When it comes to survival and preparedness, nothing is more important than knowledge. I would recommend reading books on the topic. Some of the more popular ones include The SAS Survival Handbook, The Prepper’s Pocket Guide, and The SAS Urban Survival Handbook. There are many other great titles out there as well. Reading is important because it teaches the fundamentals of survival when modern technology is gone. As the old saying goes, “If you give a man a fish, you feed him for a day. If you give him a fishing pole, you feed him for life”.
#4: Invest in Iodine Solution
I would recommend investing in a 5% or 10% iodine solution and placing some in all of your emergency kits. Aside from the fact that it can be used as a disinfectant for minor cuts, you can also use it to keep your thyroid functioning normally. Remember, iodized salt is typically enough to keep your thyroid functioning properly. However, if you run out, you’ll definitely want to have some iodine solution available. A few drops per liter is typically enough. Plus, iodine can help purify water!
#3: Weigh Your Bug Out Bag
When I first put together my bug out bag, I was happy and proud of myself. Then I picked it up, “Uh oh…” I could barely lift it. Sometimes we get so caught up in putting as much stuff in our bug out bags as possible that we forget about weight. That last thing you want when bugging out is hurting your back because your bag is too heavy. That’s why it’s a good idea to weigh your bug out bag beforehand. That way, you’ll know whether or not you’ve got too much stuff.
#2: Buy a Weapon
You don’t necessarily need to buy a gun, but it’s still a good idea to invest in some kind of weapon. Whether it be pepper spray, a Taser, or a knife, you always need something to protect yourself. And here’s why: have you ever watched a video of people on Black Friday? If not, here’s a quick look:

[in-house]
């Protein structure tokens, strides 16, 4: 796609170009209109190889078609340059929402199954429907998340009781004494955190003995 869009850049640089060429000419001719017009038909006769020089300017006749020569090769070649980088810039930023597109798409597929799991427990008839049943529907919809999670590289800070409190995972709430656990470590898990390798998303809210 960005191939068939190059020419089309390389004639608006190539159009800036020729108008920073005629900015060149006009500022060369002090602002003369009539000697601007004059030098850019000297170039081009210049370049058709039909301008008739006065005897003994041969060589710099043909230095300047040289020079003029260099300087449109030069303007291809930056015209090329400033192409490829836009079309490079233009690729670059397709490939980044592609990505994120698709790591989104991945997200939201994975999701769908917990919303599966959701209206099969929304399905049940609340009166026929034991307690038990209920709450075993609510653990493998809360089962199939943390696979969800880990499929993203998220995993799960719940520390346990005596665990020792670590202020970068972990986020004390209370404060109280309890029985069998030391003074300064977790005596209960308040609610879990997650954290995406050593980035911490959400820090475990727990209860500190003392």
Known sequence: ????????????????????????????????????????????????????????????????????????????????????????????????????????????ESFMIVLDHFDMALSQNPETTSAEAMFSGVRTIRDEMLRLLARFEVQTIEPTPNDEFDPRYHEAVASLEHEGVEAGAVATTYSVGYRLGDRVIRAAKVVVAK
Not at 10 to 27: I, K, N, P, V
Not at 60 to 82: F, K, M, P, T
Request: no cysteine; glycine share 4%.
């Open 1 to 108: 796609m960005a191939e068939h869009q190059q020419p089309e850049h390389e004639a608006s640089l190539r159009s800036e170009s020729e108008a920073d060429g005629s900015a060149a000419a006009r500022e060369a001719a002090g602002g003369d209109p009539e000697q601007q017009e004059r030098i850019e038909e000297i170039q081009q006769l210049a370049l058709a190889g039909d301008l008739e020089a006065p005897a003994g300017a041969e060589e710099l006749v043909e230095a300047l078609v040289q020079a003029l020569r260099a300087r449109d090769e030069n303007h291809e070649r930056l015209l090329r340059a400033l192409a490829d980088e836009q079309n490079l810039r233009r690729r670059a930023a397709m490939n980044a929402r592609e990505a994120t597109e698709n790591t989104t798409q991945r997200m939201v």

As you can see, these people are acting CRAZY- and there isn’t really a real threat happening. Imagine if a crisis took out the power grid and the grocery store shelves were empty. You can be rest assured that people would act far, far worse. That’s why I recommend investing in some kind of self-defense weapon (preferably a gun).
#1: Prep a Little Each Day
We’ll leave you with one final tip: prep a little each day. Some people get discouraged from prepping because they think that they need to spend thousands of dollars to do it. But this couldn’t be further from the truth. There’s nothing wrong with spending just a few dollars each day on supplies. Personally, I like to spend an extra $10 on canned foods each time I visit a grocery store. After a few months, it adds up to be quite a collection. Remember, prepping is a marathon, not a sprint. So be sure to treat it that way and you’ll do far better.
These prepping tips should make the process much easier on you. The biggest takeaway from this article is to make sure that you have your bug out bag ready. If possible, try to have an emergency kit in your car, at your home, and at your office. That way, you’ll be prepared for anything, anytime. Good luck, and leave a comment below if you have any questions (or your own tips and strategies for prepping). Thanks for reading.